Kid Power

Rais­ing money for vic­tims of dis­as­ters

Cape Coral Living - - DEPARTMENTS -

It’s sur­pris­ing what kids can ac­com­plish with the sup­port of par­ents. Case in point: Kids Care Dis­as­ter Re­lief. When Hur­ri­cane Michael dev­as­tated Mex­ico Beach and tore through com­mu­ni­ties in North­west Florida on Oc­to­ber 10, 2018, 7th grader Kristina Pod­lasek had flash­backs to Hur­ri­cane Irma that caused havoc in South­west Florida in Septem­ber 2017. She not only re­mem­bered the storm’s wrath and liv­ing in one room with a gen­er­a­tor for weeks, but how it af­fected peo­ple, leav­ing them in need of so many things be­yond im­me­di­ate food, cloth­ing and shel­ter. Kristina to­gether with five of her class­mates at Can­ter­bury School in Fort My­ers came up with the idea to cre­ate and sell band-style sil­i­cone bracelets with Hur­ri­cane Michael printed on the out­side and the storm’s co­or­di­nates on the in­side. They chose blue, the color of wa­ter, to rep­re­sent the huge surge that wiped out Mex­ico Beach. It didn’t take any con­vinc­ing for Kristina’s par­ents Elke and Bryan Pod­lasek to sup­port her newly formed Kids Care Dis­as­ter Re­lief. Their Is­land Cow restau­rant on Sani­bel be­came the first spon­sor, pur­chas­ing 3,000 bracelets to help launch the non­profit. “The things you take for granted are gone,” says Kristina about how hur­ri­canes and other dis­as­ters change your life. “If we all work to­gether, we can make a dif­fer­ence.” Ded­i­cated to the mis­sion of build­ing a chil­dren’s net­work through­out the United States to raise money and help those af­fected by cur­rent and fu­ture na­tional dis­as­ters, Kristina en­listed her class­mates

Colin Cam­bell, Olivia Hoy, Maya Shus­ter, Kat Sanders and El­lie Ap­pel­gren. Her next step was to reach out to other stu­dents in the com­mu­nity and even across the coun­try, en­cour­ag­ing them to join the team. The Hur­ri­cane Michael bracelets cost $5. They can be pur­chased on the web­site kid­scare­dis­as­ter­re­, and are avail­able at the Is­land Cow restau­rant. The chil­dren also sell them at farm­ers mar­kets, ball games and other com­mu­nity venues and events. Be­cause the project is made up of all vol­un­teers and has no over­head, 100 per­cent of the pro­ceeds goes di­rectly to the hur­ri­cane vic­tims. One of the non­profit’s goals is to in­crease spon­sor­ships. “The chil­dren will go to ven­dors to get them to buy a large amount to re­sell or give away,” says Elke Pod­lasek. She also pointed out that in the first five days, the chil­dren raised $2,000. They reached peo­ple all over the coun­try through Face­book and the on­line store. The team will present the funds raised through Kids Care Dis­as­ter Re­lief to Mex­ico Beach Mayor Al Cathey. Elke says that it will be a great field trip and a way for the stu­dents to earn com­mu­nity hours. “I’m sure Kristina will say ‘Wow mom, this was cool. Let’s do it again,’” says Elke. And do­ing it again wasn’t that far off. On Novem­ber 8, 2018, Kids Care Dis­as­ter Re­lief set up their sec­ond project to help those af­fected by the wild fires in Cal­i­for­nia; bracelets are on sale on­line. The chil­dren’s fundrais­ing ef­fort is proof that a lit­tle $5—and big­hearted kids—can re­ally make a dif­fer­ence.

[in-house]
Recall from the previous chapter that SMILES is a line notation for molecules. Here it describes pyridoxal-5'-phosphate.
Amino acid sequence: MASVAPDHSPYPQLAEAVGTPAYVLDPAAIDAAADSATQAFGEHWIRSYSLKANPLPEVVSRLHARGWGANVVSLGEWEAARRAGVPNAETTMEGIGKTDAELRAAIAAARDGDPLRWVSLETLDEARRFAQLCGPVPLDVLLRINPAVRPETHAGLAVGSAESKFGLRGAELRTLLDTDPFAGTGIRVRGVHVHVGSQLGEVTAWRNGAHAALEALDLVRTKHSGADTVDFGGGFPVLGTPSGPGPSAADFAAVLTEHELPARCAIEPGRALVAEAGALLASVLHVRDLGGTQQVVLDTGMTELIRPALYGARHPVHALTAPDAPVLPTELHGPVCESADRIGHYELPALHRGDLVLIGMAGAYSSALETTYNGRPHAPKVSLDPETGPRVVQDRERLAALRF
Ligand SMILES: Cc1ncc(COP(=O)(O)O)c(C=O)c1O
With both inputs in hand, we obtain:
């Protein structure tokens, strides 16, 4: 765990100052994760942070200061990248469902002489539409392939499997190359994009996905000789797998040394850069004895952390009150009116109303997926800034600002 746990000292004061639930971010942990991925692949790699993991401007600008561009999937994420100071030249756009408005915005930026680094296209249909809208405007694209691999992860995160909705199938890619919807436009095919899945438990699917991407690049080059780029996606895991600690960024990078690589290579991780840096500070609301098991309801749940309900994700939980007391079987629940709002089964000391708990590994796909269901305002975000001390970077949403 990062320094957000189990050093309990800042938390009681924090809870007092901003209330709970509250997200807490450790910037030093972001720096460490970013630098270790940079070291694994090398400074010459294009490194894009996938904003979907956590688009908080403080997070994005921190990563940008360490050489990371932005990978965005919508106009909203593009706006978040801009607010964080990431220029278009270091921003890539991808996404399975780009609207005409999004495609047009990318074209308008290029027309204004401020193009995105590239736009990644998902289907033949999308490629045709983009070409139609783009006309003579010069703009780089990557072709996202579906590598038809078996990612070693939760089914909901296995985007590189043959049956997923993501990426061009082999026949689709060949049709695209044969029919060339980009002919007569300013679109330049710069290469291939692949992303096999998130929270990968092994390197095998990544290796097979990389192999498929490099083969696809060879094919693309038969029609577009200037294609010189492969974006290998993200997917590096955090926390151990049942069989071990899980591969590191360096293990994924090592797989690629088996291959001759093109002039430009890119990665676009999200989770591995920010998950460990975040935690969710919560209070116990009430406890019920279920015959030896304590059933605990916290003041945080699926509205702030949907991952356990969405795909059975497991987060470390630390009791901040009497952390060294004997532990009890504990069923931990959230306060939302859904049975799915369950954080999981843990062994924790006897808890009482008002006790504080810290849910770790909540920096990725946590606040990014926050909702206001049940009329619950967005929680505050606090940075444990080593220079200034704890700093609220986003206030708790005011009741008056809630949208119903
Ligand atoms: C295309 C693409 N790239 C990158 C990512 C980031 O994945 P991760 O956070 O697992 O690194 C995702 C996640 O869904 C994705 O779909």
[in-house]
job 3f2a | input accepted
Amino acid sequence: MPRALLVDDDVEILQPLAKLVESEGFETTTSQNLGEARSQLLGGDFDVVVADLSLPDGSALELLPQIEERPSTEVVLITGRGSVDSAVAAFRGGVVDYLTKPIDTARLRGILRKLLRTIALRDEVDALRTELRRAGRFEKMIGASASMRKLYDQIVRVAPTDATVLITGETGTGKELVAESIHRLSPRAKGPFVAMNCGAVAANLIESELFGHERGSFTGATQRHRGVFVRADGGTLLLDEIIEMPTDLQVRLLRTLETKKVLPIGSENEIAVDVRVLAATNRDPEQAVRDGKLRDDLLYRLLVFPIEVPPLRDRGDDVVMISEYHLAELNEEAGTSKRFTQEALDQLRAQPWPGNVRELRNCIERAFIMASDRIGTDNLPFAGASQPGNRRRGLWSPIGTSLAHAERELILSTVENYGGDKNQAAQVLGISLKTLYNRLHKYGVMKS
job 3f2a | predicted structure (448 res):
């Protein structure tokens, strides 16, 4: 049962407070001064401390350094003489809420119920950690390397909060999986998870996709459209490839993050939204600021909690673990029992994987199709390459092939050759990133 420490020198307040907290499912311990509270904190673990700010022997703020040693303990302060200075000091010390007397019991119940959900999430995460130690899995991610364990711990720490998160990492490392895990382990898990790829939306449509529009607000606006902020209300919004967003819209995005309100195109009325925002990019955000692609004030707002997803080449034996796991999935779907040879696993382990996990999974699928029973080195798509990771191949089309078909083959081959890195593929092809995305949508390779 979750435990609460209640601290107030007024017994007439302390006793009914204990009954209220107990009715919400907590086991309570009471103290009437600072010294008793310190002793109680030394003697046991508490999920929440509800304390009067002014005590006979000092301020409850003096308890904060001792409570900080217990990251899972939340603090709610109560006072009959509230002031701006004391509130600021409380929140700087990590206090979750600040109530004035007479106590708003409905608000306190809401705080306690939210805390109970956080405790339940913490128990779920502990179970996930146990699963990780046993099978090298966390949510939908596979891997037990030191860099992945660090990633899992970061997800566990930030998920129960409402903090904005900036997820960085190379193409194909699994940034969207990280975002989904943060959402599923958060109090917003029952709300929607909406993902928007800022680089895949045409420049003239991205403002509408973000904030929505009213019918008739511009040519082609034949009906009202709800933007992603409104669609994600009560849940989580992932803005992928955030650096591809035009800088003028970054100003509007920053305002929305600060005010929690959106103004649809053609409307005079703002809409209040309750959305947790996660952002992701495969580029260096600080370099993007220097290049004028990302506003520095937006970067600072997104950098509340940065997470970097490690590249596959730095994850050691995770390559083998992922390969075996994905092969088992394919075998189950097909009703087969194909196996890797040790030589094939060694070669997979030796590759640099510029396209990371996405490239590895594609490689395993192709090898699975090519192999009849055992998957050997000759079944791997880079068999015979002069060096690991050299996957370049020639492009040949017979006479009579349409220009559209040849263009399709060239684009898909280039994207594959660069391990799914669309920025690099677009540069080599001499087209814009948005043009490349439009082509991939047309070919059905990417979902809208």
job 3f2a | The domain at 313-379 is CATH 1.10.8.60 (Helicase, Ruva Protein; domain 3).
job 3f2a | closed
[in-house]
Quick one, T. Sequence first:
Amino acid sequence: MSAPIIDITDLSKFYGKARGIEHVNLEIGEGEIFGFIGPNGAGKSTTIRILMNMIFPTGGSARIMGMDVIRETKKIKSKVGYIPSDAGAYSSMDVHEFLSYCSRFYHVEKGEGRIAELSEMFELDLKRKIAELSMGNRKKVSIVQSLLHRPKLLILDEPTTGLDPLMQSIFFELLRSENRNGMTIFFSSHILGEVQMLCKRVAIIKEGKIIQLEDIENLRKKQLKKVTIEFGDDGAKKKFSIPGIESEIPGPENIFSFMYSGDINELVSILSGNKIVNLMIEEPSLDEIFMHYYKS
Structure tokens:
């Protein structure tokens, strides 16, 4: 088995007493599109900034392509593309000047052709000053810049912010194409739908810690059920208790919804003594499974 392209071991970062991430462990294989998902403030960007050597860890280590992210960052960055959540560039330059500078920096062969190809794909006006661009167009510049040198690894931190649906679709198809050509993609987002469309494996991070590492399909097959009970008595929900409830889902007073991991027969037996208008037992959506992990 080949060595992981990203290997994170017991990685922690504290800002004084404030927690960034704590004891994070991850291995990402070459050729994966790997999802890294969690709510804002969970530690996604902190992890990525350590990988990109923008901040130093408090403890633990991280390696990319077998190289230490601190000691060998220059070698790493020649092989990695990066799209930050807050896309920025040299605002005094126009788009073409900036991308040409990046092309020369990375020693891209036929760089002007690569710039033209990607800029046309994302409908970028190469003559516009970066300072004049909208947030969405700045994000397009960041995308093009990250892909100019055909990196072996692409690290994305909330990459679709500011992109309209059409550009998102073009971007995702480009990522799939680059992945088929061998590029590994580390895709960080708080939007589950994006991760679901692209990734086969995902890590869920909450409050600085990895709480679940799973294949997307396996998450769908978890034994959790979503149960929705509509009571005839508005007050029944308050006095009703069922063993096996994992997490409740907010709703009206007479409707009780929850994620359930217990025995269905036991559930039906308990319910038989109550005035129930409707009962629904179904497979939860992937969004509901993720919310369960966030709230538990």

Pa­tri­cia Le­takis is the manag­ing ed­i­tor for TOTI Me­dia.

It didn’t take any con­vinc­ing for Kristina’s par­ents Elke and Bryan Pod­lasek to sup­port her newly formed Kids Care Dis­as­ter Re­lief.

The Kids Care Dis­as­ter Re­lief team re­ceive sup­port for their project from the Bank of the Is­lands on Sani­bel. Front row: Kat Sanders, Maya Shus­ter, Kristina Pod­lasek and Willy Oca­sio, the bank’s vice pres­i­dent & of­fice man­ager. Back row: El­lie Ap­pel­gren, Olivia Hoy, Colin Cam­bell and Su­san Schulte, teller ser­vices rep­re­sen­ta­tive.

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